It’s Big, it’s Thick, it’s Sherried, and, oh boy is it Delicious! The impossibly elusive Dailuaine 16 Year Old has arrived.
Whisky lovers, time to get excited because this January, exclusive the Club, the powerhouse that is Dailuaine is coming to Australia and it’s kind of a big deal.
Part of the famous Flora and Fauna collection but extremely hard to find, Dailuaine 16 Year Old is regarded as one of finest examples of a sherried Speysider; incredibly complex, fruity, and substantially oily, with chocolate orange, berries and Christmas cake by the pound, all perfectly balanced with very delicate smoke.
If you love Aberlour, Glendronach and Macallan, then say hello to your new friend. And thanks to the unrivalled buying power of Australia’s biggest Whisky Club it’s coming to you at a rock-bottom $125, well below the $160 RRP, and downright amazing value for a 16 Year Old single malt. How’s that for a good start to 2020!
Join Free Now to secure your bottle (or two) of this incredibly sherry bomb!
January Whisky of the Month:
Dailuaine 16 Year Old Single Malt Scotch Whisky
Country of Origin:
Dailuaine is a distillery there’s a good chance you’ve never heard of up until now, but there’s every chance you’ve drunk some of its spirit. Part of the giant Diageo portfolio, its whisky has been going into blends for, well, nearly forever.
Dailuaine (pronounced dal-you-eene) was first established by William MacKenzie in 1853. Its name is taken from the Gaelic ‘dail uaine’ which means ‘green valley’, the perfect choice for the distillery in its idyllic location, in a hollow by the Carron Burn, right between Ben Rinnes and the mighty River Spey. The location becoming even better in 1863, when the Strathspey Railway opened, making it a lot easier to get supplies in, and whisky out.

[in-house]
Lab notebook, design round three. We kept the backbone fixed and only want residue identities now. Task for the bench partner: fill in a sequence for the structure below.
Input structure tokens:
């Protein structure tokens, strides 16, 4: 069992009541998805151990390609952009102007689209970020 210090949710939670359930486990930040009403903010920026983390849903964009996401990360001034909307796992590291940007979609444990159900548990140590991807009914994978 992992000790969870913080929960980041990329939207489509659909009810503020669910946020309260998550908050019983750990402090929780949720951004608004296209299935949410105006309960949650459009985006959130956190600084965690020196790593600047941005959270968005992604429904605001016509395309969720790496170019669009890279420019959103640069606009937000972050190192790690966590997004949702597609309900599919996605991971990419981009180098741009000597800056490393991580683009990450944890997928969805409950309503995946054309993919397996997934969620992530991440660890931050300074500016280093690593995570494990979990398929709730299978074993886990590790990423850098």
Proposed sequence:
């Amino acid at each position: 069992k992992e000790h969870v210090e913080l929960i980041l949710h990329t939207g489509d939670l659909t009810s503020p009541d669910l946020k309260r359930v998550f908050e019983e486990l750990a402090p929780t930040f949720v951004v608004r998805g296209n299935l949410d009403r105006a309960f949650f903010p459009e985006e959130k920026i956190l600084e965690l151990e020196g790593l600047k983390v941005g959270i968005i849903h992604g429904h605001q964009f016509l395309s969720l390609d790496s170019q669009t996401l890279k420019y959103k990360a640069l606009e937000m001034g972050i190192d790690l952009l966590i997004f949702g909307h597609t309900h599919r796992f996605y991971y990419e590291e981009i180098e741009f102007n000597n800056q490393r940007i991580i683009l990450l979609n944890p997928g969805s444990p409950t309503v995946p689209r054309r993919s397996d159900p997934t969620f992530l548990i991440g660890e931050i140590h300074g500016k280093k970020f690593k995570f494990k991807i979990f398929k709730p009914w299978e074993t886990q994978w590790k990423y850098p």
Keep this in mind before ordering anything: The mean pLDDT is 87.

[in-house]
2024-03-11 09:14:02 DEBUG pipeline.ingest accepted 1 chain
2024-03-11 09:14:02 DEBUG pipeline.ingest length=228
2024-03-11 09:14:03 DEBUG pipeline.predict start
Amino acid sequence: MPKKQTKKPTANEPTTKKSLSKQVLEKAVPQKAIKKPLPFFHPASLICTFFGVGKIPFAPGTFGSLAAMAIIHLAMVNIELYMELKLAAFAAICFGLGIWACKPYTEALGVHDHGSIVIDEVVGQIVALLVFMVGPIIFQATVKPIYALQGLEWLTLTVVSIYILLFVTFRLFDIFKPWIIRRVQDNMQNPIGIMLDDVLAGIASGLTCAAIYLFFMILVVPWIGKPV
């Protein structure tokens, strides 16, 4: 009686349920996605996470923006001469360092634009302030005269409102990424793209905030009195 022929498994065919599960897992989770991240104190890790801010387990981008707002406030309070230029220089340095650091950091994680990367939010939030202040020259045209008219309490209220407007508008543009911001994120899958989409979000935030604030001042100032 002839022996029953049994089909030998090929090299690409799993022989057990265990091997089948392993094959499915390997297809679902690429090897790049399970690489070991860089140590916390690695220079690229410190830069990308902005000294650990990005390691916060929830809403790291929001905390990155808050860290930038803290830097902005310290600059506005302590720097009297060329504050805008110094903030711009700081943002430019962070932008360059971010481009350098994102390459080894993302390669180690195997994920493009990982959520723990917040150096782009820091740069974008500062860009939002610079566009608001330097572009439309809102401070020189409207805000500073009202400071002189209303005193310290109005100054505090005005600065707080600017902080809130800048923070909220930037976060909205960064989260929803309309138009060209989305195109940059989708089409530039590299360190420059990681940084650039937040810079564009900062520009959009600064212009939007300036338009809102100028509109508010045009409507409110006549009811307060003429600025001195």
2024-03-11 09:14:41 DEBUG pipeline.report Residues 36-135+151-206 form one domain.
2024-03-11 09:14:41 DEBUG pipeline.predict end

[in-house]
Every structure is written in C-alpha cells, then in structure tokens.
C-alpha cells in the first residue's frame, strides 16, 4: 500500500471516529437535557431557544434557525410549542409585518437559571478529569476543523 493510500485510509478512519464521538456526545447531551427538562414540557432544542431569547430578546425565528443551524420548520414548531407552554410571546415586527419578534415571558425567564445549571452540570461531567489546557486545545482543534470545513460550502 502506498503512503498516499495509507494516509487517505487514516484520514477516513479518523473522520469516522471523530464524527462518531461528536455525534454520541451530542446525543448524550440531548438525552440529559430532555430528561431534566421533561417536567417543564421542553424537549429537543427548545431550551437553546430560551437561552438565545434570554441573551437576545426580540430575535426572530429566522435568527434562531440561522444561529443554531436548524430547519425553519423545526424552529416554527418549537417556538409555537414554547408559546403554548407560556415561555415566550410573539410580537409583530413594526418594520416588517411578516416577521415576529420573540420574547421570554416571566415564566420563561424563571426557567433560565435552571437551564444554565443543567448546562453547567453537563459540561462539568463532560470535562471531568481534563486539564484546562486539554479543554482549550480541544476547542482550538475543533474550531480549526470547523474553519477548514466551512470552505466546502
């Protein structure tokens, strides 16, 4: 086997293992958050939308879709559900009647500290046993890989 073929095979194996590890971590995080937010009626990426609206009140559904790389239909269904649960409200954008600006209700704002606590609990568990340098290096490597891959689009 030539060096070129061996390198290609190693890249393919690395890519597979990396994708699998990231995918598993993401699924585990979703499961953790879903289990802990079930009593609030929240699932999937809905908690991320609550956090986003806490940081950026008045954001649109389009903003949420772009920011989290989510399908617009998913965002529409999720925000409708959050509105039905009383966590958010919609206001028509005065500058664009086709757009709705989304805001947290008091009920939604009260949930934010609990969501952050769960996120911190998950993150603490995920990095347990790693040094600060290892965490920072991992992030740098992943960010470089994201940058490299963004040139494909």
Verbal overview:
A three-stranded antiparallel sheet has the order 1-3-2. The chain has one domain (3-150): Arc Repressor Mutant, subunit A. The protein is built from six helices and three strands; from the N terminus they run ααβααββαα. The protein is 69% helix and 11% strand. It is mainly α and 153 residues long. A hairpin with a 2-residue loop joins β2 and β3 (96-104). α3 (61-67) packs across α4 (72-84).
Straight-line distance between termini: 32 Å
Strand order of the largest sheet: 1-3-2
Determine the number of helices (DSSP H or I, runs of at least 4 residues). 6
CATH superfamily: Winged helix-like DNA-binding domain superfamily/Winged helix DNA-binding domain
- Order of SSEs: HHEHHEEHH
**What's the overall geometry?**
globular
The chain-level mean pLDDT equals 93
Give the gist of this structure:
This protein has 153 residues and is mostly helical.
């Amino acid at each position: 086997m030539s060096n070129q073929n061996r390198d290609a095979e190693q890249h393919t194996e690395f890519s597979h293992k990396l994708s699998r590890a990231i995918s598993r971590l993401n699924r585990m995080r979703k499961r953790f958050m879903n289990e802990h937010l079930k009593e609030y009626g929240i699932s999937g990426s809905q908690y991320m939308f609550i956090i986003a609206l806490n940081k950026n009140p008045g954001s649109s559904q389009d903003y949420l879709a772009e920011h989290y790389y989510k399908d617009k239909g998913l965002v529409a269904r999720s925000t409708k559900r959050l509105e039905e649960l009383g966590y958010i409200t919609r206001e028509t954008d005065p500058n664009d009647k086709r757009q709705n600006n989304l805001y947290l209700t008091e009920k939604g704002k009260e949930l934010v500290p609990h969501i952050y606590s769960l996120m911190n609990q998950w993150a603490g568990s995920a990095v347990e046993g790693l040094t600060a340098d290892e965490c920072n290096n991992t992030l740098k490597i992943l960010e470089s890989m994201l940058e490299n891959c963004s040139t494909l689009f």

Time ran out for MacKenzie in 1865 and following his death the distillery was leased to James Flemming, a banker from Aberlour. In 1879 William’s son Thomas decided it was time to get back into the family business, becoming a partner in MacKenzie & Co, and in 1884 set to action his plans to modernise the distillery. His vision paid off, and within five years, Dailuaine had become one of the Highlands’ biggest whisky producers and leading the pack in terms of design and innovation. Further upgrades in 1889 saw Dailuaine become the first distillery to be fitted with architect Charles Doig’s revolutionary new pagoda roof, the pitch of which was very steep, minimising the contact time between peat smoke and drying malt, thereby removing the effect of the peat considerably, as was the new Speyside style.
In 1891 MacKenzie & Co became Dailuaine-Glenlivet Distillery Ltd, only to go through another merger in 1898 as Thomas MacKenzie consolidated his interests – he held quite a substantial interest in Talisker – a move that enabled him to become chairman and MD of the newly formed Dailuaine-Talisker Distilleries Ltd.
Further rail connections were established in 1907, linking the distillery with warehouses at Aberdeen and Imperial Distilleries in Carron, handy for MacKenzie who part owned them too.
Thomas MacKenzie died in 1915, with the business being taken over a year later by a consortium made up of John Dewar & Sons, John Walker & Sons, and James Buchannan & Co, who kept it running business as usual until 1917 when, following a decade of recession, much of the distillery, including its pagoda roof, was destroyed by fire. It took until 1920 for production to start back up again, and this time taking a new approach with the use of waterwheels and steam engines, perhaps in the hope of avoiding another fire.